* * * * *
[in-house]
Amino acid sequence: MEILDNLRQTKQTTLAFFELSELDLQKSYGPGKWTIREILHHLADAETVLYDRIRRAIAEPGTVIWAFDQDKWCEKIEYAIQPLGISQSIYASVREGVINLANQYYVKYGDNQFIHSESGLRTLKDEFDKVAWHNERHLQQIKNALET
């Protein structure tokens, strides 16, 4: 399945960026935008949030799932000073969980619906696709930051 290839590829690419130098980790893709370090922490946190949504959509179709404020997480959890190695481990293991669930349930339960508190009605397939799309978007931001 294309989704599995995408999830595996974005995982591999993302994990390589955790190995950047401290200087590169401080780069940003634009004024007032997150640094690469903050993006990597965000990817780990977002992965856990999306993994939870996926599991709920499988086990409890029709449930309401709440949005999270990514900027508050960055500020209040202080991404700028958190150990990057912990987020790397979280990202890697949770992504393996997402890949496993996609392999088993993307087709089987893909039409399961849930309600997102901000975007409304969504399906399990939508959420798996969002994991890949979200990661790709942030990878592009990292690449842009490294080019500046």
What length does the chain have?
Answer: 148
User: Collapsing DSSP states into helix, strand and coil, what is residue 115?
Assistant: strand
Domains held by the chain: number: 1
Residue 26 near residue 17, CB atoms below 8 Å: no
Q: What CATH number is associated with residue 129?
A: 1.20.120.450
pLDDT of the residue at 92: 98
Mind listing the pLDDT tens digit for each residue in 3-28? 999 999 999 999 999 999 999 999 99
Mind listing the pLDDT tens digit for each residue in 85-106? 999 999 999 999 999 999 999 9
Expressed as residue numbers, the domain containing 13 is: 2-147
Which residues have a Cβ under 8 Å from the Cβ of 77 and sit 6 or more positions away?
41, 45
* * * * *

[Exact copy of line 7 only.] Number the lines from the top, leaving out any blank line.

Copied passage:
Assistant: strand